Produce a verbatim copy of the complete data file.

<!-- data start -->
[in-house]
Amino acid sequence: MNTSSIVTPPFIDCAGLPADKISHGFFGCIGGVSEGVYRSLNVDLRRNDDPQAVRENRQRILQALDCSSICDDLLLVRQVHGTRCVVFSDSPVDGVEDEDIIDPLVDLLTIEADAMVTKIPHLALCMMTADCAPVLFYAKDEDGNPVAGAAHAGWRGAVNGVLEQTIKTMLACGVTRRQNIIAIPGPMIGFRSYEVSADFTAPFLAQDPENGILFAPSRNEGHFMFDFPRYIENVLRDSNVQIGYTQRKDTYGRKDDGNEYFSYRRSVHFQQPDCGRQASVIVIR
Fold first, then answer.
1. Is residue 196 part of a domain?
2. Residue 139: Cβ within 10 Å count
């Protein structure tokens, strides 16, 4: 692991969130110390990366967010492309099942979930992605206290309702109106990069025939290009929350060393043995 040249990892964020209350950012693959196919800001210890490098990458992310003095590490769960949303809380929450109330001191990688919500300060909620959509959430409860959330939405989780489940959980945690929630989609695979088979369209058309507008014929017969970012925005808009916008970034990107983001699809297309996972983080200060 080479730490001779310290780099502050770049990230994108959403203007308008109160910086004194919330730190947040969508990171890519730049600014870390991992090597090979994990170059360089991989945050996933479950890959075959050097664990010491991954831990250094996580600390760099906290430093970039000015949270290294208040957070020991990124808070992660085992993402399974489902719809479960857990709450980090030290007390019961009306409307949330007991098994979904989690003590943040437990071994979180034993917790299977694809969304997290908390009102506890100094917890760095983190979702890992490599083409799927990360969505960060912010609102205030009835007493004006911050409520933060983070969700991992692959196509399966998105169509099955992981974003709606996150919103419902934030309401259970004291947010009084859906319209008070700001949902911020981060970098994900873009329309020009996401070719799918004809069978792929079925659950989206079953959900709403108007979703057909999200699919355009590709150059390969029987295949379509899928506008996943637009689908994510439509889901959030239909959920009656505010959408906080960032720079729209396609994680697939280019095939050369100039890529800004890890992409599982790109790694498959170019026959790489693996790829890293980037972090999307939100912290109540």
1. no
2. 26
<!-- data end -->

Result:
[in-house]
Amino acid sequence: MNTSSIVTPPFIDCAGLPADKISHGFFGCIGGVSEGVYRSLNVDLRRNDDPQAVRENRQRILQALDCSSICDDLLLVRQVHGTRCVVFSDSPVDGVEDEDIIDPLVDLLTIEADAMVTKIPHLALCMMTADCAPVLFYAKDEDGNPVAGAAHAGWRGAVNGVLEQTIKTMLACGVTRRQNIIAIPGPMIGFRSYEVSADFTAPFLAQDPENGILFAPSRNEGHFMFDFPRYIENVLRDSNVQIGYTQRKDTYGRKDDGNEYFSYRRSVHFQQPDCGRQASVIVIR
Fold first, then answer.
1. Is residue 196 part of a domain?
2. Residue 139: Cβ within 10 Å count
């Protein structure tokens, strides 16, 4: 692991969130110390990366967010492309099942979930992605206290309702109106990069025939290009929350060393043995 040249990892964020209350950012693959196919800001210890490098990458992310003095590490769960949303809380929450109330001191990688919500300060909620959509959430409860959330939405989780489940959980945690929630989609695979088979369209058309507008014929017969970012925005808009916008970034990107983001699809297309996972983080200060 080479730490001779310290780099502050770049990230994108959403203007308008109160910086004194919330730190947040969508990171890519730049600014870390991992090597090979994990170059360089991989945050996933479950890959075959050097664990010491991954831990250094996580600390760099906290430093970039000015949270290294208040957070020991990124808070992660085992993402399974489902719809479960857990709450980090030290007390019961009306409307949330007991098994979904989690003590943040437990071994979180034993917790299977694809969304997290908390009102506890100094917890760095983190979702890992490599083409799927990360969505960060912010609102205030009835007493004006911050409520933060983070969700991992692959196509399966998105169509099955992981974003709606996150919103419902934030309401259970004291947010009084859906319209008070700001949902911020981060970098994900873009329309020009996401070719799918004809069978792929079925659950989206079953959900709403108007979703057909999200699919355009590709150059390969029987295949379509899928506008996943637009689908994510439509889901959030239909959920009656505010959408906080960032720079729209396609994680697939280019095939050369100039890529800004890890992409599982790109790694498959170019026959790489693996790829890293980037972090999307939100912290109540």
1. no
2. 26